A recent electronic cigarette user study by Dr. Robert L Cranfield M.D. (a family medicine specialist from Tennessee), shows long-term health benefits to the users of vaping devices. While millions of people are using these products daily, and the British Government has sanctioned their use for people attempting to quit smoking, many in the American public health arena still question their long-term effects on the human body.
During the 6 month study, between March and August of 2015, the good doctor’s research has provided a great deal of data that will surprise some while simultaneously backing up the claims that have been made about Electronic Nicotine Delivery Systems for almost a decade.
While the survey only focused on a small portion of the vaping community, 573 respondents in the south-eastern United States, via anonymous online questionnaires or in person paper forms, the researcher focused on a specific subset within the group.
The purpose of the study was broken into 4 simple to understand and easy to define parts:
- To identify those people who have 3 or more years of vaping experience, and see how their health has been affected by changing to e-cigarettes. While it might take longer than this to see some of the potential adverse health effects, it is extremely difficult to get many people who have been using e-cigarettes longer simply because of the limited time they have been available.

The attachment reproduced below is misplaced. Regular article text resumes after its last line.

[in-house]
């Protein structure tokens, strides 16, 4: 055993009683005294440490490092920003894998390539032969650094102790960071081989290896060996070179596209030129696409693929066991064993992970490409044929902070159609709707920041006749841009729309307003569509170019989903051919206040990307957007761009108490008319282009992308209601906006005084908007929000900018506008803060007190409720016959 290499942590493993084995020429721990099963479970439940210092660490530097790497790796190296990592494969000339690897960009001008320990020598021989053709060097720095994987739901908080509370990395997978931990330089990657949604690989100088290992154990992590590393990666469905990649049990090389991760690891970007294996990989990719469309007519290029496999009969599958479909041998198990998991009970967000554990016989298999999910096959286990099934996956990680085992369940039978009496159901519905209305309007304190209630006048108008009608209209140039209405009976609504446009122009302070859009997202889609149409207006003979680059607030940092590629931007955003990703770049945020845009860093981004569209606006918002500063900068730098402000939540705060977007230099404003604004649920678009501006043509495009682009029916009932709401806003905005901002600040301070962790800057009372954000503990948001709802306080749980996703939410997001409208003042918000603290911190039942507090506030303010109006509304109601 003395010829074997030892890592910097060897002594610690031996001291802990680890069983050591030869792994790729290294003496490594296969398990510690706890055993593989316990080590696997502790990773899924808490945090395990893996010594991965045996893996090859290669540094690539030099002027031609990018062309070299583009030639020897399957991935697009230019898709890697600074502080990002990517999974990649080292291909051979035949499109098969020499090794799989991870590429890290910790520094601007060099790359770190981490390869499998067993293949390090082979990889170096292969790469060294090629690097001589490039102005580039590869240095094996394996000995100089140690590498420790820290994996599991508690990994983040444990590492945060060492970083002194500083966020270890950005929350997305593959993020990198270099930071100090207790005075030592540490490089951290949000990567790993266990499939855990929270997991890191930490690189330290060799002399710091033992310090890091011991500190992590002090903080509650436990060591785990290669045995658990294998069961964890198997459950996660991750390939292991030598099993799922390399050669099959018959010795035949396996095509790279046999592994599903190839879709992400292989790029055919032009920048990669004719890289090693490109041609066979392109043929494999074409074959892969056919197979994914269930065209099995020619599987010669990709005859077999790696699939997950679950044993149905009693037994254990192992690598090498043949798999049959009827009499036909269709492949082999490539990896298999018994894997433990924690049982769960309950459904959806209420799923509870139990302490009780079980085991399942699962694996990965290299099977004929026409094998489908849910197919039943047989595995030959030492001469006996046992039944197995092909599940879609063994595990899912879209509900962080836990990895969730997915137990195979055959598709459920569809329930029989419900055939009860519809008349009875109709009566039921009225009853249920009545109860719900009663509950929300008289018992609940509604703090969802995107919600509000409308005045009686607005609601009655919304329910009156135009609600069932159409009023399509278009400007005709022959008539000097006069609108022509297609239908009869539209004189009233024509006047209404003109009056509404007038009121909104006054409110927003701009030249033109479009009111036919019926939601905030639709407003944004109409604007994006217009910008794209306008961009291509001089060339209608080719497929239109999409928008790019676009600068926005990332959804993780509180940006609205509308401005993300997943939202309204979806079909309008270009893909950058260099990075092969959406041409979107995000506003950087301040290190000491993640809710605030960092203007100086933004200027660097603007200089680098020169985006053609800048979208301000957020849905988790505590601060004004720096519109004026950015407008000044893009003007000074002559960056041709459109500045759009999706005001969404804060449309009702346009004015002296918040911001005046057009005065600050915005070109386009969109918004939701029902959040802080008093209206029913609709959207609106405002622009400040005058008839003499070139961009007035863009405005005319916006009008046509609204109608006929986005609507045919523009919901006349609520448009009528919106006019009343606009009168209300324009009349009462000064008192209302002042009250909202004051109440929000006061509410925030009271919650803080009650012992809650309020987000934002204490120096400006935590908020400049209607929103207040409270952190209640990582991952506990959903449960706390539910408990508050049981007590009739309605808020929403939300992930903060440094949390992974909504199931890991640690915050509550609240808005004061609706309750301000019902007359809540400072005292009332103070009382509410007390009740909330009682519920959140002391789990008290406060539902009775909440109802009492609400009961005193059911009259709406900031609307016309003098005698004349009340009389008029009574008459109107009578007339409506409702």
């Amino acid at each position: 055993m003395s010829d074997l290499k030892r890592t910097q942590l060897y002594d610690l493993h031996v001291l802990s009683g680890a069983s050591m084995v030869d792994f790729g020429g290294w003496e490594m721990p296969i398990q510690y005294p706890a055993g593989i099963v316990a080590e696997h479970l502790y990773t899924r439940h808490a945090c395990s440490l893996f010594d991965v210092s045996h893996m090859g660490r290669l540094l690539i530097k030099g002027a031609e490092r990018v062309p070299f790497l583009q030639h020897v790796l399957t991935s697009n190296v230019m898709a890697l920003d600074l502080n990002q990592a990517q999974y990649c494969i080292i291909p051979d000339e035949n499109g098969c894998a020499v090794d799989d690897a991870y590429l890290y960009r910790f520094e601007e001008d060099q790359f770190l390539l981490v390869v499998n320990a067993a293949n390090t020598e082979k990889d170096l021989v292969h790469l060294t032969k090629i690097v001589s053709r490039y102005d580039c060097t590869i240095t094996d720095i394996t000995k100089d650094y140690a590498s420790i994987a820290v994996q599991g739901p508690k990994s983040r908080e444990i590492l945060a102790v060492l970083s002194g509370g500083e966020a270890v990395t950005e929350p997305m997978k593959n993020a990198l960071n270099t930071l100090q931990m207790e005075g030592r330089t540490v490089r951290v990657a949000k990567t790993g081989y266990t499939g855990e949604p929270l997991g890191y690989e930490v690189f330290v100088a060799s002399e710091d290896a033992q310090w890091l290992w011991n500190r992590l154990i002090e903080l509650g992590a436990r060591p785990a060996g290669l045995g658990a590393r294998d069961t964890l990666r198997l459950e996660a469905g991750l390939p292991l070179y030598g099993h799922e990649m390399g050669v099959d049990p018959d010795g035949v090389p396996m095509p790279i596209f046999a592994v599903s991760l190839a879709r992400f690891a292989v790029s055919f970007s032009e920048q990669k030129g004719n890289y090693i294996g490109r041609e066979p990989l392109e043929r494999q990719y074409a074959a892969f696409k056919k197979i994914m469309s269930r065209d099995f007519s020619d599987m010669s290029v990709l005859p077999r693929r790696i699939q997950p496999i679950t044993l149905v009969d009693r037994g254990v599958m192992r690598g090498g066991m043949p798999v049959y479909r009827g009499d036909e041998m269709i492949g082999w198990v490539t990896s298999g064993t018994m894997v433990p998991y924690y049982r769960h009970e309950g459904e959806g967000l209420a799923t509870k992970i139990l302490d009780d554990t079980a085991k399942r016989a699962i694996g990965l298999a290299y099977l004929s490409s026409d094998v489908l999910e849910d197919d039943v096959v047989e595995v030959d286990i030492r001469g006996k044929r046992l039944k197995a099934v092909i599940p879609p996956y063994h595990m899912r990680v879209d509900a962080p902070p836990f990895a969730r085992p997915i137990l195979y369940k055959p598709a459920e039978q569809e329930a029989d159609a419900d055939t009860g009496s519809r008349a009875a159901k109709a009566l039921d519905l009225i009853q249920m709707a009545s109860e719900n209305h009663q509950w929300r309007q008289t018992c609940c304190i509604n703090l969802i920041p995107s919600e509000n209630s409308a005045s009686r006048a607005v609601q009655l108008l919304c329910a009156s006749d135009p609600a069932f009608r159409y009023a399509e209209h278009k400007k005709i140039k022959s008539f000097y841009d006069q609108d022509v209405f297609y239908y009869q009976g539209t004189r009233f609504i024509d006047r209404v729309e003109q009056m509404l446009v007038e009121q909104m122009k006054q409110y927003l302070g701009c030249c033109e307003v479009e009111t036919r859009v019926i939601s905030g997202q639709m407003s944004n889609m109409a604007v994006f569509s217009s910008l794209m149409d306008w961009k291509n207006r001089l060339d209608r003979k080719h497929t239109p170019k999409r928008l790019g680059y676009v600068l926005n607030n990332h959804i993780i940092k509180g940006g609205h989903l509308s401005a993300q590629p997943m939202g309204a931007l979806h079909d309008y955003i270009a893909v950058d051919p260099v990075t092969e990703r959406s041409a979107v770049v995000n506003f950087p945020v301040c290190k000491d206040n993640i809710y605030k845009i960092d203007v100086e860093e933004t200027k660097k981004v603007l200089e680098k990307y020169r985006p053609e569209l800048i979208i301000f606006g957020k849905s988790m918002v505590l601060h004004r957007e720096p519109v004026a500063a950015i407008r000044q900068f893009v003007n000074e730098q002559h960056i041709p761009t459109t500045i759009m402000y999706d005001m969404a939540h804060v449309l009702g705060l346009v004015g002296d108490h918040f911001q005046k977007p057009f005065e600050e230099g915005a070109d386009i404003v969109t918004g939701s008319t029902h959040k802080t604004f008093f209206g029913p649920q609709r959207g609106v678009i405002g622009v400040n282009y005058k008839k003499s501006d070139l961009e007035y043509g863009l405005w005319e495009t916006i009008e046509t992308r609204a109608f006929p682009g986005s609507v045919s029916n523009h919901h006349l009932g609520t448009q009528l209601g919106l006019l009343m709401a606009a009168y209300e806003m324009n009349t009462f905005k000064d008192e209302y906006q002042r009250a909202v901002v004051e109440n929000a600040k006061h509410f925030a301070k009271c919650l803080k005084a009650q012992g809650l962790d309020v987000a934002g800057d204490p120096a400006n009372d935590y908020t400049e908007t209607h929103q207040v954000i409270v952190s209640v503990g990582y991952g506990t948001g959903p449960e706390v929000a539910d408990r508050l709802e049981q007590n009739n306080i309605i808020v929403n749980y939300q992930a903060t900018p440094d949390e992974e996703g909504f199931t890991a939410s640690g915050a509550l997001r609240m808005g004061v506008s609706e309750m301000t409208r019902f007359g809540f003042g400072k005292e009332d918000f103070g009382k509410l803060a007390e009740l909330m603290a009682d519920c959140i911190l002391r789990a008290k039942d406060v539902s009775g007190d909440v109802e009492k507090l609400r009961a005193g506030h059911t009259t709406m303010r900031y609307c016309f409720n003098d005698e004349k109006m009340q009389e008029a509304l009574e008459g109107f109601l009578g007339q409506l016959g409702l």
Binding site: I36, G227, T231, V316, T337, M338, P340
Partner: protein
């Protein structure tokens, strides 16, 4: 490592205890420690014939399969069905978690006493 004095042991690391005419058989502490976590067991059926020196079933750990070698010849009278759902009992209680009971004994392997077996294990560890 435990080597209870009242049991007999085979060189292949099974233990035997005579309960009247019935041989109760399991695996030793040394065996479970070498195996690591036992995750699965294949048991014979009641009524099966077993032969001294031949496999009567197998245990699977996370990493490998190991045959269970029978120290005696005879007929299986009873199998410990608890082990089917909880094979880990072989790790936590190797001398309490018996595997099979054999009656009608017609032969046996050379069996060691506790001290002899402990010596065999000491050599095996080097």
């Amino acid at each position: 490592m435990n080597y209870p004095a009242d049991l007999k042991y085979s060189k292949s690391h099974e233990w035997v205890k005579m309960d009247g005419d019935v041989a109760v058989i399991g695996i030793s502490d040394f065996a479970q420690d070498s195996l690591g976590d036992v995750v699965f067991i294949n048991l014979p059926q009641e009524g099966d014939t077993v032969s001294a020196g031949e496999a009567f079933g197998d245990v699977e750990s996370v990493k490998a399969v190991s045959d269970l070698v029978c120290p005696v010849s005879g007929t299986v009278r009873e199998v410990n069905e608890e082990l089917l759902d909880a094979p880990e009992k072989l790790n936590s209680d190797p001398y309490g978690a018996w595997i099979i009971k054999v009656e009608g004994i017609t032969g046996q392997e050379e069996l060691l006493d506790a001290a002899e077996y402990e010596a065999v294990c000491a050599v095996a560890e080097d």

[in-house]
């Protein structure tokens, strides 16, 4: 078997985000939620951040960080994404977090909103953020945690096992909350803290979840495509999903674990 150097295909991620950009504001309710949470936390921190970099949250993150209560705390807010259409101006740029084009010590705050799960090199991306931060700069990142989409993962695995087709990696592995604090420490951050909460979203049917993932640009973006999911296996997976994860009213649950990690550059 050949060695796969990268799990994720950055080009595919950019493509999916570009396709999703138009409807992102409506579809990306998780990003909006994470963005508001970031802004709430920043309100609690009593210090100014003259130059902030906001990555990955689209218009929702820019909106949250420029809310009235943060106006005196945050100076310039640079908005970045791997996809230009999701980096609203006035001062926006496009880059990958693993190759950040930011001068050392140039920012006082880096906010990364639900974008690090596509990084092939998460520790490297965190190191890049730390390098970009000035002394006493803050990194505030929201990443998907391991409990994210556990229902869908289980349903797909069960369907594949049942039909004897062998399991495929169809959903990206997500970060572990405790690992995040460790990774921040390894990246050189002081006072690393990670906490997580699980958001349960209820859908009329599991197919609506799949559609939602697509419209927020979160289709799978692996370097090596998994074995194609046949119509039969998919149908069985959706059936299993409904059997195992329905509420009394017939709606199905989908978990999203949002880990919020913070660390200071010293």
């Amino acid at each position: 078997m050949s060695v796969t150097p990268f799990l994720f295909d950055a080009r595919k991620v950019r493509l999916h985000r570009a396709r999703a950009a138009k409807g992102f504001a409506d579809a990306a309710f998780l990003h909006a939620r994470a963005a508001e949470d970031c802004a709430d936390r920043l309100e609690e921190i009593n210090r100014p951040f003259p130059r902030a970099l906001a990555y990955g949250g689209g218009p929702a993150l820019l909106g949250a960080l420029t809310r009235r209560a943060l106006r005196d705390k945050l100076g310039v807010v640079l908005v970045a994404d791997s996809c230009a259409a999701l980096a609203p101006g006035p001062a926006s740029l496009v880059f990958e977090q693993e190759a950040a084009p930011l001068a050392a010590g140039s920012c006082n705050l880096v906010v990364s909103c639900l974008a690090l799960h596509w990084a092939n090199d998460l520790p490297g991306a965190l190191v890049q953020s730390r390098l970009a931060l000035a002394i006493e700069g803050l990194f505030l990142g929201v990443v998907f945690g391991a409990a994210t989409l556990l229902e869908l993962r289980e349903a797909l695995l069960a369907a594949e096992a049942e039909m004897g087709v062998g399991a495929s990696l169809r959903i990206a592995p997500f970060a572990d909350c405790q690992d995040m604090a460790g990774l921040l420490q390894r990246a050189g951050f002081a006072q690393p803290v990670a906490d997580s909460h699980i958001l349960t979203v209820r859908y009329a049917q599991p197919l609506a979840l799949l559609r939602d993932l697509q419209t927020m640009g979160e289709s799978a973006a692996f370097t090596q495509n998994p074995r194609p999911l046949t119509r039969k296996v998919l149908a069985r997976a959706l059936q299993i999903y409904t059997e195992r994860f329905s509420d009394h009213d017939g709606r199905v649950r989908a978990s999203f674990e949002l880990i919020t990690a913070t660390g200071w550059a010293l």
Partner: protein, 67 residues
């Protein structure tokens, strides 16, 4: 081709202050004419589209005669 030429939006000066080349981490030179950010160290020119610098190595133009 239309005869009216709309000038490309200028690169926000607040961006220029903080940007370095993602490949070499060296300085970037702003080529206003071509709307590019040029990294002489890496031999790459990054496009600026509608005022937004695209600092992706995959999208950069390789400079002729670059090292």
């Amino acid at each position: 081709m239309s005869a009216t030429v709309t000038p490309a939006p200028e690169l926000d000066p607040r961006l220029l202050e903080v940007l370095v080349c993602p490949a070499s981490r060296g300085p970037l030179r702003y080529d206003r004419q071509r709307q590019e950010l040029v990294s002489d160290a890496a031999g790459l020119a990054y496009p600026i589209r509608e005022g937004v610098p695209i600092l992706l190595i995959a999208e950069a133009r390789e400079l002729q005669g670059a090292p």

- To look at those smokers who had no known health effects while smoking, and see what, if any, adverse health effects developed subsequent to starting to use e-cigarettes.
- To see if those who never smoked before vaping were more likely to develop adverse health consequences as a result of vaping.
- To measure demographics of e-cigarette users.
The results of the study showed a 96% reduction in adverse health problems by users who had been using the devices for in excess of 3 years. Conditions such as high blood pressure, recurring respiratory illness and asthma showed significant improvement since switching to vaping and in many cases were shown to have been resolved since quitting cigarettes.
The study also showed that, at least in this group of respondents, there was a minimum 52% success rate within those that used the devices to quit smoking at 3 years or more, compared with the average of 7-8% at the six month mark for those using over the counter methods recommended by the public health community.
We have only skimmed some of the facts from the study here but I urge you to take a few minutes to read through the study in detail and also pass it on to those who are stuck in the mindset that vaping causes as many problems as smoking.
While other studies have been released and decried, talking about the alleged effects of these devices on the human airways in a laboratory setting, this is the first in-depth look taken at the real world implications of this technology, being used as it was intended. If these results are shown to be as true in other places are they have been here, this could be a game changer not only for the vaping industry and its advocates but also for the 45,000,000 smokers still looking for a way to get themselves away from combustible tobacco.
This study kicks sand in the face of many in the Public Health arena who are for some reason blinded to the potential in harm reduction brought forward by vaping devices, but it may just be the catalyst for many who actually work with the general public in a health care capacity to give this technology a second look.